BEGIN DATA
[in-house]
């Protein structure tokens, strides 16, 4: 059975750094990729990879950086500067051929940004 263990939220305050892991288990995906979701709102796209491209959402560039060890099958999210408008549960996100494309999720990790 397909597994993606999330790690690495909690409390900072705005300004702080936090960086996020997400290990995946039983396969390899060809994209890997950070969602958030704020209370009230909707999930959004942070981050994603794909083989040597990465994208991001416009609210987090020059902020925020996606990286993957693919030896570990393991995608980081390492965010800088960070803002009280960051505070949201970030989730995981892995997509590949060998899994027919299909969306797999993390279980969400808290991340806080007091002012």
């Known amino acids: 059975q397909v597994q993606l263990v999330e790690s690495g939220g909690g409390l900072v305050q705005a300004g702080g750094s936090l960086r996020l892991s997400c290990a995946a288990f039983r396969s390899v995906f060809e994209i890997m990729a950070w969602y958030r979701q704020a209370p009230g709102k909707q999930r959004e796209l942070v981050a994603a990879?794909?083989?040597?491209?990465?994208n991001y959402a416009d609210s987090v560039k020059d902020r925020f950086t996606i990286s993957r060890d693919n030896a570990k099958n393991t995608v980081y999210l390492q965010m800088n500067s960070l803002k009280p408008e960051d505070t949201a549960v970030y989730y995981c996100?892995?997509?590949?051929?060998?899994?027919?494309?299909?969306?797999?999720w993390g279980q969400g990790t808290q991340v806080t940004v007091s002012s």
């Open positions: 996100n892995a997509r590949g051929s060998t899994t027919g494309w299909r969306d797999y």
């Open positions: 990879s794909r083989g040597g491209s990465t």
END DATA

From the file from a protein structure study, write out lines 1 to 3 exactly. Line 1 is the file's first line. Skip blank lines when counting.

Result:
[in-house]
């Protein structure tokens, strides 16, 4: 059975750094990729990879950086500067051929940004 263990939220305050892991288990995906979701709102796209491209959402560039060890099958999210408008549960996100494309999720990790 397909597994993606999330790690690495909690409390900072705005300004702080936090960086996020997400290990995946039983396969390899060809994209890997950070969602958030704020209370009230909707999930959004942070981050994603794909083989040597990465994208991001416009609210987090020059902020925020996606990286993957693919030896570990393991995608980081390492965010800088960070803002009280960051505070949201970030989730995981892995997509590949060998899994027919299909969306797999993390279980969400808290991340806080007091002012």
């Known amino acids: 059975q397909v597994q993606l263990v999330e790690s690495g939220g909690g409390l900072v305050q705005a300004g702080g750094s936090l960086r996020l892991s997400c290990a995946a288990f039983r396969s390899v995906f060809e994209i890997m990729a950070w969602y958030r979701q704020a209370p009230g709102k909707q999930r959004e796209l942070v981050a994603a990879?794909?083989?040597?491209?990465?994208n991001y959402a416009d609210s987090v560039k020059d902020r925020f950086t996606i990286s993957r060890d693919n030896a570990k099958n393991t995608v980081y999210l390492q965010m800088n500067s960070l803002k009280p408008e960051d505070t949201a549960v970030y989730y995981c996100?892995?997509?590949?051929?060998?899994?027919?494309?299909?969306?797999?999720w993390g279980q969400g990790t808290q991340v806080t940004v007091s002012s």